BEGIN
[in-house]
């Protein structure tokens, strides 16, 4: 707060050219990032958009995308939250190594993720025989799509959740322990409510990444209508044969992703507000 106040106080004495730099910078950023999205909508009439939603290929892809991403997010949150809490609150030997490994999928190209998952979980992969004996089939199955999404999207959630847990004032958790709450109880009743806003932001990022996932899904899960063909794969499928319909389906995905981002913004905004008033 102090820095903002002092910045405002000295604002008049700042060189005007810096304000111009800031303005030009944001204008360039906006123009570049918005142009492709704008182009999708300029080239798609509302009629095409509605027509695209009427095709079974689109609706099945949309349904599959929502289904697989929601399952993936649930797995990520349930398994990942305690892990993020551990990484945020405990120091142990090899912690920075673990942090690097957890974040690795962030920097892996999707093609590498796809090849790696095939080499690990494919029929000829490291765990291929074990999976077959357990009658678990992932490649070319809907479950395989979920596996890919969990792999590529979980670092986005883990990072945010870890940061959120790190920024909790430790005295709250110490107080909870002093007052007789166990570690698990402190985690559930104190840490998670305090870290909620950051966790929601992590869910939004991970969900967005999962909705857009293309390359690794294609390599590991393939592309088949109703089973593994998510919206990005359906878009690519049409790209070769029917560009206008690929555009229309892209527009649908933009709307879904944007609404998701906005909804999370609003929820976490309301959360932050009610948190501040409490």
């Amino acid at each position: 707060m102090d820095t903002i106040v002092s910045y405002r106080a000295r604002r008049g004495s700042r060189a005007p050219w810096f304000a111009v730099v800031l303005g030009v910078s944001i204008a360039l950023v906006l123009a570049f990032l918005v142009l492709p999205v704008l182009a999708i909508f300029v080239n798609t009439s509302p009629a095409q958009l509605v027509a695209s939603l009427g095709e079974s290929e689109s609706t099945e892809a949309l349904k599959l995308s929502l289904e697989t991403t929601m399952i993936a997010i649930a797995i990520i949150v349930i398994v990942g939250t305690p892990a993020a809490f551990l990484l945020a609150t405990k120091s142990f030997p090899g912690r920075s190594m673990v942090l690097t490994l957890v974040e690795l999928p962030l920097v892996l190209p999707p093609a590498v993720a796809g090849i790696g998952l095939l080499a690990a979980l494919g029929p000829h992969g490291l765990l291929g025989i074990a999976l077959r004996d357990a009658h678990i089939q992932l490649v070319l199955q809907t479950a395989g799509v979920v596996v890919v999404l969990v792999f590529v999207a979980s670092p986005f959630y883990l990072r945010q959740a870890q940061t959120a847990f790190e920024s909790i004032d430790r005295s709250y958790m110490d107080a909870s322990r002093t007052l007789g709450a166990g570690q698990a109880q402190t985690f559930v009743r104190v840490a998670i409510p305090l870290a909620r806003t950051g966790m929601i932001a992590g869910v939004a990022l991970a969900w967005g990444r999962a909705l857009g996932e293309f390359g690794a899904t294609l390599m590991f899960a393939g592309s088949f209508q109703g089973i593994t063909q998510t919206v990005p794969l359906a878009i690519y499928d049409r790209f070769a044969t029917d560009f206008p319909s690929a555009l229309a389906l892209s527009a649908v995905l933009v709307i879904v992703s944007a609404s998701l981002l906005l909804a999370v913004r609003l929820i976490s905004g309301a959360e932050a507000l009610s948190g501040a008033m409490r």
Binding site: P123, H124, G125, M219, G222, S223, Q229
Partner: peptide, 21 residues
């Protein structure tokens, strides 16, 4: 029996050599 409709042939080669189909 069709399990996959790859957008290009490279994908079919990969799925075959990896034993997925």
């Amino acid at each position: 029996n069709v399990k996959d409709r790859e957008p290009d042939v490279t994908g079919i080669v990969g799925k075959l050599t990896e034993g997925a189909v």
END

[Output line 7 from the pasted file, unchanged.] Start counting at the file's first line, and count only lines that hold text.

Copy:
């Amino acid at each position: 029996n069709v399990k996959d409709r790859e957008p290009d042939v490279t994908g079919i080669v990969g799925k075959l050599t990896e034993g997925a189909v």